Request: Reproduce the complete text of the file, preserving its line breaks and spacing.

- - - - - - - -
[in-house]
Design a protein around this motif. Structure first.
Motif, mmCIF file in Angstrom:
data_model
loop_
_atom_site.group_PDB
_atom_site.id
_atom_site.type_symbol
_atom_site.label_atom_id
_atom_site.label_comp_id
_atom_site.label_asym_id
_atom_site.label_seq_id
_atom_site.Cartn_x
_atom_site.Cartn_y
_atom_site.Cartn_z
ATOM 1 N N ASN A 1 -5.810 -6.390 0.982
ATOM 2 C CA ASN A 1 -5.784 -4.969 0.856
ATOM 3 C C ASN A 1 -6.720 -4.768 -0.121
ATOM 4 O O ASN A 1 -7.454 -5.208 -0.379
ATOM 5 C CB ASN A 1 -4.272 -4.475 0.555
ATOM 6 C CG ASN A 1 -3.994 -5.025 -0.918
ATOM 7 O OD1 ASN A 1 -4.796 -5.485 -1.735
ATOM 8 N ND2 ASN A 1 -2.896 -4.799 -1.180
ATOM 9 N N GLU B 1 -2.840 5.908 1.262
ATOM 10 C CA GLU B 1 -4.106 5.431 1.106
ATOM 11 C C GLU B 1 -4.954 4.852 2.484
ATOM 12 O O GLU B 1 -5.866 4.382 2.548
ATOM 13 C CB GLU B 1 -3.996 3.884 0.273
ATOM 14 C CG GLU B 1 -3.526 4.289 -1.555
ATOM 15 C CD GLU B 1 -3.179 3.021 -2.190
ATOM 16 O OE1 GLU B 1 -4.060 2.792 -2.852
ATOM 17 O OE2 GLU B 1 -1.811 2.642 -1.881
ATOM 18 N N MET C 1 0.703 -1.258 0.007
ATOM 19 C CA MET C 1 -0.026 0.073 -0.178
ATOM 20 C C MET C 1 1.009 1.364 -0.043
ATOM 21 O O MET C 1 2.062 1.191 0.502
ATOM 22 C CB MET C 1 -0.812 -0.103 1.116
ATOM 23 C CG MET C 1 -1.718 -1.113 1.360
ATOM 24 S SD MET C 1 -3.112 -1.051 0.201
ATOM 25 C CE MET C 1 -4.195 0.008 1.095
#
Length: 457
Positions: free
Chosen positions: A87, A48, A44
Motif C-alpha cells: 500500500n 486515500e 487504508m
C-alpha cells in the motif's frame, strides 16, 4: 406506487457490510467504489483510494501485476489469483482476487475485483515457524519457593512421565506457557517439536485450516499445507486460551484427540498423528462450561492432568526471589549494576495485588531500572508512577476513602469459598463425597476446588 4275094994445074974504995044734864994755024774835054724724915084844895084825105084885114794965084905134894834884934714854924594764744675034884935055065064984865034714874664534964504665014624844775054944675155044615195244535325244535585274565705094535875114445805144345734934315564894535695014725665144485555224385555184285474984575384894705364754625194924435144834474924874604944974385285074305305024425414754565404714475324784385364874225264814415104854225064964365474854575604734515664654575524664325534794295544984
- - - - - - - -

[in-house]
Design a protein around this motif. Structure first.
Motif, mmCIF file in Angstrom:
data_model
loop_
_atom_site.group_PDB
_atom_site.id
_atom_site.type_symbol
_atom_site.label_atom_id
_atom_site.label_comp_id
_atom_site.label_asym_id
_atom_site.label_seq_id
_atom_site.Cartn_x
_atom_site.Cartn_y
_atom_site.Cartn_z
ATOM 1 N N ASN A 1 -5.810 -6.390 0.982
ATOM 2 C CA ASN A 1 -5.784 -4.969 0.856
ATOM 3 C C ASN A 1 -6.720 -4.768 -0.121
ATOM 4 O O ASN A 1 -7.454 -5.208 -0.379
ATOM 5 C CB ASN A 1 -4.272 -4.475 0.555
ATOM 6 C CG ASN A 1 -3.994 -5.025 -0.918
ATOM 7 O OD1 ASN A 1 -4.796 -5.485 -1.735
ATOM 8 N ND2 ASN A 1 -2.896 -4.799 -1.180
ATOM 9 N N GLU B 1 -2.840 5.908 1.262
ATOM 10 C CA GLU B 1 -4.106 5.431 1.106
ATOM 11 C C GLU B 1 -4.954 4.852 2.484
ATOM 12 O O GLU B 1 -5.866 4.382 2.548
ATOM 13 C CB GLU B 1 -3.996 3.884 0.273
ATOM 14 C CG GLU B 1 -3.526 4.289 -1.555
ATOM 15 C CD GLU B 1 -3.179 3.021 -2.190
ATOM 16 O OE1 GLU B 1 -4.060 2.792 -2.852
ATOM 17 O OE2 GLU B 1 -1.811 2.642 -1.881
ATOM 18 N N MET C 1 0.703 -1.258 0.007
ATOM 19 C CA MET C 1 -0.026 0.073 -0.178
ATOM 20 C C MET C 1 1.009 1.364 -0.043
ATOM 21 O O MET C 1 2.062 1.191 0.502
ATOM 22 C CB MET C 1 -0.812 -0.103 1.116
ATOM 23 C CG MET C 1 -1.718 -1.113 1.360
ATOM 24 S SD MET C 1 -3.112 -1.051 0.201
ATOM 25 C CE MET C 1 -4.195 0.008 1.095
#
Length: 457
Positions: free
Chosen positions: A87, A48, A44
Motif C-alpha cells: 500500500n 486515500e 487504508m
C-alpha cells in the motif's frame, strides 16, 4: 406506487457490510467504489483510494501485476489469483482476487475485483515457524519457593512421565506457557517439536485450516499445507486460551484427540498423528462450561492432568526471589549494576495485588531500572508512577476513602469459598463425597476446588 4275094994445074974504995044734864994755024774835054724724915084844895084825105084885114794965084905134894834884934714854924594764744675034884935055065064984865034714874664534964504665014624844775054944675155044615195244535325244535585274565705094535875114445805144345734934315564894535695014725665144485555224385555184285474984575384894705364754625194924435144834474924874604944974385285074305305024425414754565404714475324784385364874225264814415104854225064964365474854575604734515664654575524664325534794295544984